Course Syllabus for

# Valuation of Derivative Assets Prissättning av derivattillgångar

## FMSN25F, 7.5 credits

Valid from: Autumn 2020
Decided by: Professor Thomas Johansson
Date of establishment: 2020-05-19

## General Information

Division: Mathematical Statistics
Course type: Course given jointly for second and third cycle
The course is also given at second-cycle level with course code: FMSN25
Teaching language: English

## Aim

The student should get a thorough understanding and insight in the economical and mathematical considerations which underlie the valuation of derivatives on financial markets. The student should get knowledge about and ability to handle the models and mathematical tools that are used in financial mathematics. The student should also get a thorough overview concerning the most important types of financial contracts used on the stock- and the interest rate markets and moreover get a solid base for understanding contracts that have not been explicitely treated in the course.

## Goals

Knowledge and Understanding

For a passing grade the doctoral student must

• understand the fundamental economical concepts : Financial contract/Contingent claim, Self financing portfolio, Arbitrage, Replicating portfolio/Hedge and Complete market,
• understand the tools and concepts from stochastic calculus: martingales, Itô's formula, Itô isometry, Feynman-Kac representation, change of measure (Girsanov transformation) and change of numeraire,
• understand how the basic financial contracts work and how they relate to each other, e.g., European and Asian options, Forward contracts, zero coupon bonds, coupon bond, LIBOR and interest rate swap.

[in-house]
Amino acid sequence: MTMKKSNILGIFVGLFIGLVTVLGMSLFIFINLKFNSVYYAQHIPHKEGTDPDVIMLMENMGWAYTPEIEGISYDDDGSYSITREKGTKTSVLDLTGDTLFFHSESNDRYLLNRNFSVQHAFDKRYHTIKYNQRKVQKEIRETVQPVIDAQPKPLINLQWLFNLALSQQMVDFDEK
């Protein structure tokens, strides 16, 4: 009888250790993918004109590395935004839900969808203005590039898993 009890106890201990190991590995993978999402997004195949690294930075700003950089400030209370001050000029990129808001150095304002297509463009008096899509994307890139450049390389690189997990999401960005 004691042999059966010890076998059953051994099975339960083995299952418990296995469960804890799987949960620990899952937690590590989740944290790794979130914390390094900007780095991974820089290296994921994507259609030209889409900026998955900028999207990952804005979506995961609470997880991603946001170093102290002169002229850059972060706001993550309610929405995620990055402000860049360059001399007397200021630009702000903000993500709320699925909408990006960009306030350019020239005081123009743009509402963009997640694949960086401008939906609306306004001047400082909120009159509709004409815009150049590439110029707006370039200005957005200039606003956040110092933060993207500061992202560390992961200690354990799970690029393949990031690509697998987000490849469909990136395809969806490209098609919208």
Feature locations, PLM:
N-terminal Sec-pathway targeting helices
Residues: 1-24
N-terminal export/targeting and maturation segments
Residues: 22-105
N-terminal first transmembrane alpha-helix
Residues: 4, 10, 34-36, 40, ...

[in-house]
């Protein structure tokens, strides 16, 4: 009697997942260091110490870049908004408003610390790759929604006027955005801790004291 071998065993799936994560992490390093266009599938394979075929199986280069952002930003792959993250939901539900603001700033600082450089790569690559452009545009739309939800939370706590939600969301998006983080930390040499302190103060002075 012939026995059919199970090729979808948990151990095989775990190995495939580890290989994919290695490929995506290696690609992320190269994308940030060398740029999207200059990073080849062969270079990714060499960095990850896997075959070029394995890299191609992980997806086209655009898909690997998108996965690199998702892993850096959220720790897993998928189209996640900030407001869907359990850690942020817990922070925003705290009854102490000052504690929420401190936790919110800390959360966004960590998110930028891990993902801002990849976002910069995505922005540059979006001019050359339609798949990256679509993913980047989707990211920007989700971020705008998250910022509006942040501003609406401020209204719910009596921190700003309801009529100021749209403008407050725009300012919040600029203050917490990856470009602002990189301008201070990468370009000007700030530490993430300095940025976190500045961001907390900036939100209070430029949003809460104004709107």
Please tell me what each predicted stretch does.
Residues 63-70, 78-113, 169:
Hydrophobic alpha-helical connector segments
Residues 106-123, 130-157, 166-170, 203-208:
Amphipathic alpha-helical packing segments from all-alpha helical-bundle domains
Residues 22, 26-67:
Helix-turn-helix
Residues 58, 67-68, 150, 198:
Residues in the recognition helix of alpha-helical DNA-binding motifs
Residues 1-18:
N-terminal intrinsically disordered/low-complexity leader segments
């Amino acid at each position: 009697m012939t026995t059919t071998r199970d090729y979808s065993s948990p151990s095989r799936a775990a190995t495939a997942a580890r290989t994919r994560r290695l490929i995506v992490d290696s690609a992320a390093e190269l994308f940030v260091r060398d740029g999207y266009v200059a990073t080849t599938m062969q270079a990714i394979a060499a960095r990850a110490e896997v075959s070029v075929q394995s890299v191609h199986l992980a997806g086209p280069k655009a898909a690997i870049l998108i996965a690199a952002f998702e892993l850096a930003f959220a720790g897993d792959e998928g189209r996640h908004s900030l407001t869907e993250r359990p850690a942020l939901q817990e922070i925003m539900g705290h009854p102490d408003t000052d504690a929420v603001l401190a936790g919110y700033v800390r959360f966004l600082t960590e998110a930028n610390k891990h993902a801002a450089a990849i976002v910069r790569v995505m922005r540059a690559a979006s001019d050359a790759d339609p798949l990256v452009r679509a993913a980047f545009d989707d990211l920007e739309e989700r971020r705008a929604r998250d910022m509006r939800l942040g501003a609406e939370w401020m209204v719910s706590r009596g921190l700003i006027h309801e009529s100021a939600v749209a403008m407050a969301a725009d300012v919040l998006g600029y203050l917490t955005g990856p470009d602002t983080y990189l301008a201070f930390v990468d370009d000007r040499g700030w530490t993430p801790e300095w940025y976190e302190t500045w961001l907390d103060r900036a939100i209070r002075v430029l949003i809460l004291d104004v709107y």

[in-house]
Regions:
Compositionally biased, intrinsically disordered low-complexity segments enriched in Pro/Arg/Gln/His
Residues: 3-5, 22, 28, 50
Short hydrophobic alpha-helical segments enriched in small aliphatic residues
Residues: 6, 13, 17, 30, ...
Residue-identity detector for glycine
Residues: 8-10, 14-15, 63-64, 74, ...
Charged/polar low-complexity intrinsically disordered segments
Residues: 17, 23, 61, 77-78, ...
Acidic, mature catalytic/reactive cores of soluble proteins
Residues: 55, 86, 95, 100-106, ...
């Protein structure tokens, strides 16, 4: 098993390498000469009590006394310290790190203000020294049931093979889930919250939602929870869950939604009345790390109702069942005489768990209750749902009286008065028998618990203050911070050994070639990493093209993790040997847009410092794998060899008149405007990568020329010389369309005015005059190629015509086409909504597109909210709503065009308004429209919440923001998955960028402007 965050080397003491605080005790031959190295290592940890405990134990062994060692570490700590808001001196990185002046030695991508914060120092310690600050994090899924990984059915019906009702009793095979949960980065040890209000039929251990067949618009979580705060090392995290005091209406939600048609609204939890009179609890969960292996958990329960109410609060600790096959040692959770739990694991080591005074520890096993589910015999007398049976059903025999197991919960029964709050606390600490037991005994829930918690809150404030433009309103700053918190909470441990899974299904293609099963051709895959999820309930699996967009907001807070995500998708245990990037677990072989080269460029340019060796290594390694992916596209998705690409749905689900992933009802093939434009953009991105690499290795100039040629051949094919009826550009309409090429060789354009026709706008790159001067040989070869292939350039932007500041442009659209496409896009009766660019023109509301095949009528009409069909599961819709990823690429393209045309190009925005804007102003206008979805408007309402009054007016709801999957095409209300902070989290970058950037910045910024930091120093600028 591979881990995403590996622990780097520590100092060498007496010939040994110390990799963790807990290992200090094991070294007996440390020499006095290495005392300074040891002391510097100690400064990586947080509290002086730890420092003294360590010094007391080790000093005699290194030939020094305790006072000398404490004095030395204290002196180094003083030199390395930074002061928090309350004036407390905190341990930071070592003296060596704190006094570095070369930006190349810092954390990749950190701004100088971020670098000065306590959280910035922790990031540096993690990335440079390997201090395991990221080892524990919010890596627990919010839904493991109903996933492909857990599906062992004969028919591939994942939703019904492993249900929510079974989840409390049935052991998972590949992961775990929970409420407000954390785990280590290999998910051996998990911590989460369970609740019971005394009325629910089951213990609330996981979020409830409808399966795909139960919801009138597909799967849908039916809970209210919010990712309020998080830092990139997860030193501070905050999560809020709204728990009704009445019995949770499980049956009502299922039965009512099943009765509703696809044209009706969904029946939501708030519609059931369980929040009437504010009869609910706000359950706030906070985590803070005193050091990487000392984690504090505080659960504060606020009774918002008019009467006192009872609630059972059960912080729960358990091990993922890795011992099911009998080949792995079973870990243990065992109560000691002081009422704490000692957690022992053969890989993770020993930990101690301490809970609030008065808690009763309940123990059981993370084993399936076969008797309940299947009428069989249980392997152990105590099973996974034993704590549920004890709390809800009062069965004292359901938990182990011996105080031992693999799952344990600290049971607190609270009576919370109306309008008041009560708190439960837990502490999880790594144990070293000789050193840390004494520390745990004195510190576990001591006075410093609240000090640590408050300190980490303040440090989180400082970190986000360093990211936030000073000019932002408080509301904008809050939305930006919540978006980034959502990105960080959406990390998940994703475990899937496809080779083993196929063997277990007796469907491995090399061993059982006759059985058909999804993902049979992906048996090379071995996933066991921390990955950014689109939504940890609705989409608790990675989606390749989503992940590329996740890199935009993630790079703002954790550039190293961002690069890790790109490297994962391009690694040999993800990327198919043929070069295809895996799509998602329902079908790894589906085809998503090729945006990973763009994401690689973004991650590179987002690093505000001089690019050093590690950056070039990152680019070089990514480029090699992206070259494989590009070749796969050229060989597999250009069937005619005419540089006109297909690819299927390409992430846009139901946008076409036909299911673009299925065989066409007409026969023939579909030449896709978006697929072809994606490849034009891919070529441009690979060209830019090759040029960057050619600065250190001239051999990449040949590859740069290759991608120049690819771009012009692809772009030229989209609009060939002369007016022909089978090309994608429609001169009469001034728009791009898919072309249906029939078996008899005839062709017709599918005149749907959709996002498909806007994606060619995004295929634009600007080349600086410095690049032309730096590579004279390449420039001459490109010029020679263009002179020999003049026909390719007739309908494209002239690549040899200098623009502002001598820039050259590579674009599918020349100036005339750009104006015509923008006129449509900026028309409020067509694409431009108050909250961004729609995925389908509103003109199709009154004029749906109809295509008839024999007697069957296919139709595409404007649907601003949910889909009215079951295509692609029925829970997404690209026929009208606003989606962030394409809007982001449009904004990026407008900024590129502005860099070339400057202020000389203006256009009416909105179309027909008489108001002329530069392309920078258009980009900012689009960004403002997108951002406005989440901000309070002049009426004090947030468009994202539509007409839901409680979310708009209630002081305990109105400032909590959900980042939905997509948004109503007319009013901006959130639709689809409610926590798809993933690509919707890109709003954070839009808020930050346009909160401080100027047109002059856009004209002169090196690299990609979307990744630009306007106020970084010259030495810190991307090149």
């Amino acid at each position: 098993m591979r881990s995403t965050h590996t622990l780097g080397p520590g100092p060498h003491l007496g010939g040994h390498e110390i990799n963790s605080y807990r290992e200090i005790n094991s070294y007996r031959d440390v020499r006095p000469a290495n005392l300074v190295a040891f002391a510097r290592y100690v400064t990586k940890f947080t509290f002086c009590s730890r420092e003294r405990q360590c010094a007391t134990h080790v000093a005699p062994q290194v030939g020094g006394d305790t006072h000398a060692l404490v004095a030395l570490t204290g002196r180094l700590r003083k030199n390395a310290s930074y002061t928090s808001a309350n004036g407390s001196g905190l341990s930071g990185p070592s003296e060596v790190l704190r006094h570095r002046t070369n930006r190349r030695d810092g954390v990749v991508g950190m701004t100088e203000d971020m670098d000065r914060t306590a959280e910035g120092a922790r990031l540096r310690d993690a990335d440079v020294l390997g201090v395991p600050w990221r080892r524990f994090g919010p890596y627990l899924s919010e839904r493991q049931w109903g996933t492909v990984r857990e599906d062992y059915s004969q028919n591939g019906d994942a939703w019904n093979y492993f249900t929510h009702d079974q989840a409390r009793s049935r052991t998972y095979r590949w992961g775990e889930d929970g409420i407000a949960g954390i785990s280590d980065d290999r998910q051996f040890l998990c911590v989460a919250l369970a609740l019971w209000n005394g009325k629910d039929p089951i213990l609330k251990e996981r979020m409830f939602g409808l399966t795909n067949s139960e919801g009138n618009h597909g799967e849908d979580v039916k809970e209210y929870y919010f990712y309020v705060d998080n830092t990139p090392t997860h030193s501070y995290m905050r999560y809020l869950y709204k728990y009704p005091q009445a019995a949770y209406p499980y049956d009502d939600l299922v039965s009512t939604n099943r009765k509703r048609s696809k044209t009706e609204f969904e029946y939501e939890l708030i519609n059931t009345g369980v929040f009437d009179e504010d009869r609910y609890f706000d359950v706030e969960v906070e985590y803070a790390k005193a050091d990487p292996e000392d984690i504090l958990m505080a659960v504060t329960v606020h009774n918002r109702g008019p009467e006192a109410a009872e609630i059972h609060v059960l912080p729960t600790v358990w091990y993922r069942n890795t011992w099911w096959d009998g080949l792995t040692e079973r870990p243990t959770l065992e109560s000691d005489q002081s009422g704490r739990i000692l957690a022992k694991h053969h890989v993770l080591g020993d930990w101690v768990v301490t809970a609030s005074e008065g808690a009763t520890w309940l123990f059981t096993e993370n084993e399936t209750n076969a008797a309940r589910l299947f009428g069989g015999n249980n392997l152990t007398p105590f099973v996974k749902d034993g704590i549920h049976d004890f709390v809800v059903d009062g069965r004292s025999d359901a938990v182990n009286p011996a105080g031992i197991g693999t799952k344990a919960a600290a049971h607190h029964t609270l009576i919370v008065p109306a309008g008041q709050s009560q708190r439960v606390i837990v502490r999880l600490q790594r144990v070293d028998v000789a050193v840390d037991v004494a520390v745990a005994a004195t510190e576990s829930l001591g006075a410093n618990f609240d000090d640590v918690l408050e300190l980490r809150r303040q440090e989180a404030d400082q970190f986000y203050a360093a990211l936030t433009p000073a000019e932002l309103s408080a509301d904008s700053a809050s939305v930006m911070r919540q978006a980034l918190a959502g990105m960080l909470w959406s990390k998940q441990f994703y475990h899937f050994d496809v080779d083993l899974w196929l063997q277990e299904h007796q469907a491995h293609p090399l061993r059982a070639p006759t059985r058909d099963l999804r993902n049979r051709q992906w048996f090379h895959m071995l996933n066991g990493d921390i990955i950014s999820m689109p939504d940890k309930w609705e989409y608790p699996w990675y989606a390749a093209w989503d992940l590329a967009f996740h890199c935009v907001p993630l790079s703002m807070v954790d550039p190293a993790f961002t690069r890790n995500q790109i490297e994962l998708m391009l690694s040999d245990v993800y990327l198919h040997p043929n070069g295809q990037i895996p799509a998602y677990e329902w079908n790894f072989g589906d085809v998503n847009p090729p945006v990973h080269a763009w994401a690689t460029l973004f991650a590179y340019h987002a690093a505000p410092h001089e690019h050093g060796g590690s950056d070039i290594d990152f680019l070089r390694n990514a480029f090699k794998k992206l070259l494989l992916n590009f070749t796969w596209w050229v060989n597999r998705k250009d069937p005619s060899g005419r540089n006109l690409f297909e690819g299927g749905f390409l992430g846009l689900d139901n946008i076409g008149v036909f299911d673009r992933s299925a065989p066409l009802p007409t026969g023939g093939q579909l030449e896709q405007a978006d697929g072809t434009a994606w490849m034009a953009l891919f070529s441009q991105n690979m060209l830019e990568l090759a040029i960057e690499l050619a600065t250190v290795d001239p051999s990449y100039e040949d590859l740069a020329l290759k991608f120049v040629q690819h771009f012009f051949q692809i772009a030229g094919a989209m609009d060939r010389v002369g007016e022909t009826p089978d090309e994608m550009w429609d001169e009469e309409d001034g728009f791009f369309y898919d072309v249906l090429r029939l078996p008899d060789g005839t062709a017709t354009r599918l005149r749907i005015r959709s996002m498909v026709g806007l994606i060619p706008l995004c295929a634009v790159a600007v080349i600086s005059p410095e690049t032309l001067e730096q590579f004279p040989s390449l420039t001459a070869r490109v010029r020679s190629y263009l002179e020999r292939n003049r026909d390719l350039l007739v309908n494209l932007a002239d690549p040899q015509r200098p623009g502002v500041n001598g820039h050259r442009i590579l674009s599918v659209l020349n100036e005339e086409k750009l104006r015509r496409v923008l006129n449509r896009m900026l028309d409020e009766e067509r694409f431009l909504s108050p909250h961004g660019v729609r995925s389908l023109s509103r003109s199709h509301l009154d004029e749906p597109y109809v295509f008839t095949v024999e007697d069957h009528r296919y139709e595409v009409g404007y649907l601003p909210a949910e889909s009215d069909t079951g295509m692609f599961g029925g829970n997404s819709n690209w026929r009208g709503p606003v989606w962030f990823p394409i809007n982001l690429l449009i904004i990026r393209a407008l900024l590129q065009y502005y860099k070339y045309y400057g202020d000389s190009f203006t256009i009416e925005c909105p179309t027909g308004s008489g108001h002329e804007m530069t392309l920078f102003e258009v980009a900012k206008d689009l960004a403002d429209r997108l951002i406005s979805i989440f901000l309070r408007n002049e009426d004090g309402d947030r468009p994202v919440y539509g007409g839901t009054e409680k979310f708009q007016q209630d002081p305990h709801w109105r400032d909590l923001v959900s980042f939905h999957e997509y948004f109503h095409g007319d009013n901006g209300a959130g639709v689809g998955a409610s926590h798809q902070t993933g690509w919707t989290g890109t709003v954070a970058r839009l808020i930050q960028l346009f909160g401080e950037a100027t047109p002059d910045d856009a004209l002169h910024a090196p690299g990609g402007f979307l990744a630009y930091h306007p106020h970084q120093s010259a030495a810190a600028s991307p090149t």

Competences and Skills

For a passing grade the doctoral student must

• use the fundamental financial concepts to express relations between various financial contracts,
• use the tools and concepts from stochastic calculus to price financial contracts assuming specific models for the underlying assets. This especially includes the ability to use, derive and understand the Black-Scholes formula as well as the ability of extending it to similar contracts,
• use Monte Carlo methods to price financial derivatives. Here the student should be able to use various variance reduction techniques such as antithetic variables, control variates and importance sampling. This part of the course is assessed in the home assignments and compulsory computer exercises.

Judgement and Approach

For a passing grade the doctoral student must

• apply a mathematical point of view on financial contracts,
• from a financial and a mathematical perspective, judge what a reasonable valuation of a financial contract should fulfil.

## Course Contents

The course consists of two related parts. In the first part we will look at option theory in discrete time. The purpose is to quickly introduce fundamental concepts of financial markets such as free of arbitrage and completeness as well as martingales and martingale measures. We will use tree structures to model time dynamics of stock prices and information flows. In the second part we will study models formulated in continuous time. The models we focus on are formulated as stochastic differential equations (SDE:s). The theories behind Brownian motion, stochastic integrals, Ito-'s formula, measures changes and numeraires are presented and applied to option theory both for the stock and the interest rate markets. We derive e.g. the Black-Scholes formula and how to create a replicating portfolio for a derivative contract.

## Course Literature

• T., B.: Arbitrage Theory in Continuous Time, 3rd ed.. Oxford University Press, 2009.
• S., R.: Derivative Pricing. Avd. Matematisk Statistik, 2010.

## Instruction Details

Types of instruction: Lectures, laboratory exercises, exercises

## Examination Details

Examination formats: Written exam, written assignments